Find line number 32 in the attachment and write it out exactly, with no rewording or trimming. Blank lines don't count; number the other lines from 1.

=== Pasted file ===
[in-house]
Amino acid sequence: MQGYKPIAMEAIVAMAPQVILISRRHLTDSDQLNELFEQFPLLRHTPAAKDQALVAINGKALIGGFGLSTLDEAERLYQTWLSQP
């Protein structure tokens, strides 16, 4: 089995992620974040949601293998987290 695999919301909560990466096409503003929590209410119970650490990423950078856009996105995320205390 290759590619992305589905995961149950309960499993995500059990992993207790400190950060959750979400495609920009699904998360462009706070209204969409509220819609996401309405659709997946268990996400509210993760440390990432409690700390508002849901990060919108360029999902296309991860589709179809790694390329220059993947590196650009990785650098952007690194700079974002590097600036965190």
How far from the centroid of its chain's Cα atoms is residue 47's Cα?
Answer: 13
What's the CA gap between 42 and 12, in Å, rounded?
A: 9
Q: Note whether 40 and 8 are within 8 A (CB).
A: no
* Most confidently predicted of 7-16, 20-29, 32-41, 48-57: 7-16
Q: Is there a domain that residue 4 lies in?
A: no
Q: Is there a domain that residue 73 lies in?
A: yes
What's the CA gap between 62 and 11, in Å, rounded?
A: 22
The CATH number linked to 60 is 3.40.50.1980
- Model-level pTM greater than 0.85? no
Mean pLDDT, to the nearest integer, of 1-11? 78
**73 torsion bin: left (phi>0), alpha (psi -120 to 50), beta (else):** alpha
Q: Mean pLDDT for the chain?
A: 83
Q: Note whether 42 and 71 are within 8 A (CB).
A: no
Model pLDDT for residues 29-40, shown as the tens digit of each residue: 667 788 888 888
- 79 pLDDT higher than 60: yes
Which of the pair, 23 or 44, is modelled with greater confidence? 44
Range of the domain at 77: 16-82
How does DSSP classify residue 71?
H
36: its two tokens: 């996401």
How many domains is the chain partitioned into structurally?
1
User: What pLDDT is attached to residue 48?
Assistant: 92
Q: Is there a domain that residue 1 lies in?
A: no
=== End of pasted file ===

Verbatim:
How many domains is the chain partitioned into structurally?